Nutz! Written by Virginia Frances Schwartz and illustrated by Christina Leist (Red Cedar Club 2012)

This book is a delicious romp. Narrated by Amos, a precocious half-Persion, half-ally, rescue cat, it abounds with chuckle out loud moments.

Amos’ pampered life is disrupted when Tyler, Amos’ owner and BFF, rescues a baby squirrel from Bruno, the brutish boxer from next door.

Tyler has the uncanny ability to hypnotize and tame just about any animal and human except Mrs. Chu, their neighbor. Thank goodness because she brings Amos all kinds of delicious treats like gizzards and sushi from the market where she works.

Everyone in the house ends up paying attention to the baby squirrel and forgetting about poor abandoned Amos. His life is made more miserable because Francesca, Tyler’s mother, has him eating diet cat food called ‘Fancy Feasties for Fat Beasties… It smelled like bad breath. The label read NON-FAT RECYCLED FISH HEADS. ADD WATER FOR A CAT TREAT DELIGHT.” Amos is not impressed. At least Mrs. Chu understands poor Amos’ predicament and attempts to help him.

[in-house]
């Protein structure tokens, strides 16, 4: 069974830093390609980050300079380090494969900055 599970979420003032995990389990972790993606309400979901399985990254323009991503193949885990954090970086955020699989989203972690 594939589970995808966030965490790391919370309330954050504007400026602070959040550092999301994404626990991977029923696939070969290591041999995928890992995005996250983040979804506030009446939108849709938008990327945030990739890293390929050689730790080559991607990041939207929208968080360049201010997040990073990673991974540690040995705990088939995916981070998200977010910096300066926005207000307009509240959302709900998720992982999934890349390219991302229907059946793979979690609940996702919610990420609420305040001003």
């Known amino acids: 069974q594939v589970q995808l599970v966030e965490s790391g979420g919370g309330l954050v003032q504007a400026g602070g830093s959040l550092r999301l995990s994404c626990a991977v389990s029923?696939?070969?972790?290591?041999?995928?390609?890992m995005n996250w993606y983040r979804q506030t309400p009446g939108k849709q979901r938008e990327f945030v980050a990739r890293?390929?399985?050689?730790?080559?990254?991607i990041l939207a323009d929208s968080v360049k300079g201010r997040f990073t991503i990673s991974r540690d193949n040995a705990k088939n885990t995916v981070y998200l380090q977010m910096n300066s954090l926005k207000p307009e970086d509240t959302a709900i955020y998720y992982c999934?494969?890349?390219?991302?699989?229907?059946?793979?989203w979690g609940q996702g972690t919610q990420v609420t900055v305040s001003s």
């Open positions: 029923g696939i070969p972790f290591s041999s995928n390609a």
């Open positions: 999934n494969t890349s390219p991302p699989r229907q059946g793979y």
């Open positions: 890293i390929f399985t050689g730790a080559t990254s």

Just as Amos predicts, the baby squirrel wrecks havoc in the house. But no matter how hard he tries; Amos can’t convince them to get rid of the rodent. At one point Amos realizes he is doomed. “Francesca lifted the baby squirrel up in the air until they were eyeball to eyeball…. The two of them were locked in a circle of quiet. Cats know things. We are psychic. Here’s what I know. It was love at first sight.”

The family has even more trouble than dealing with a squirrel loose in the house. Their rent is overdue, and Mr. Stinky Feet will soon arrive demanding his money and the removal of the rodent.

You will have to read the book yourself to find out if Amos and Nutz, as the squirrel eventually becomes named, reach an accord and if they come up with a way to save them all from ending up on the street.

The illustrations by Christina Leist perfectly compliment the text. She captures the main ideas of each chapter in cat like drawings that add to the hilarity of the narrative.

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